Last night I had the privilege of being part of a discussion on the press release vs. social media release with FH colleague David Bradfield and host Ian Capstick for PBS.org’s Media Shift. The discussion explored the role of both forms of communication and which, if either, is living on borrowed time.
For my part, I suggested the press release is a message/communication tool and the oft-misunderstood, oft-misused social media release is a relationship/value tool. Both tell stories in different ways and, as David explained, both remain relevant and complementary.
For a press release to be an effective tool, writers need to follow a specific structure and rules about language and newsworthiness. Press releases are more valuable than ever because of the attrition of newsroom staff and budgets though I believe they have a bad reputation right now because fewer people are doing them well. A well written press release with a compelling and relevant story will be picked up by a newsroom and reused with little if any editing. I see far too many press releases with no story or a poorly told story, weak leads and with little attention to spelling and grammar.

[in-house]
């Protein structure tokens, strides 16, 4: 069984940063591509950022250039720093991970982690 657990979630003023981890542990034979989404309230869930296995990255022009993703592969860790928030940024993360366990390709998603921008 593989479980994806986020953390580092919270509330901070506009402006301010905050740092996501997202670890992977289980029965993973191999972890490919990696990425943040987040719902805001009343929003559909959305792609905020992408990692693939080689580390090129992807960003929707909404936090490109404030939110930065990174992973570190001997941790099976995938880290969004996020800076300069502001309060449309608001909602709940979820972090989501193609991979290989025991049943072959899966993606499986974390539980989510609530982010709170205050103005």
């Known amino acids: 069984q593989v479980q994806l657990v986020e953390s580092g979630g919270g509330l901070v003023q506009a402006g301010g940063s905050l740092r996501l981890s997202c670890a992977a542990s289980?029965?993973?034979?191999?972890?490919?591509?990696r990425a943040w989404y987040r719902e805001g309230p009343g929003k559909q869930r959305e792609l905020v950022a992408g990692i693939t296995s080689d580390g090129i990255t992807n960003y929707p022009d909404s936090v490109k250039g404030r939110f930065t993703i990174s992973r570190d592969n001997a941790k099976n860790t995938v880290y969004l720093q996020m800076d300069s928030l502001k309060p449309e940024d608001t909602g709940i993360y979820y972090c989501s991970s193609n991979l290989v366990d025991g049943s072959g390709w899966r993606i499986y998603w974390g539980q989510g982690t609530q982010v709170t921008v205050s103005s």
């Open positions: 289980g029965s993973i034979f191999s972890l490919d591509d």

For a social media release to be an effective tool, organizations need to think about how they can connect with one individual at a time, building a relationship using voice, rather than language. Few companies understand that and are using social media releases as a new distribution method for traditional press releases (good or bad) — much like television was radio with pictures until innovators began to experiment and discover ways of making this new media exciting and interesting. I believe SMRs need to be thought of as part of a larger strategy and should be connected with existing online efforts in order to offer amplified value. David also pointed out that properly done, SMRs can contribute to SEO which can give the organization and additional boost.
The discussion will be available on PBS.org’s Media Shift in the next few days. In the meantime, you can read my Social media releases: five harsh thoughts post for my views on how to make SMRs more effective for your organization.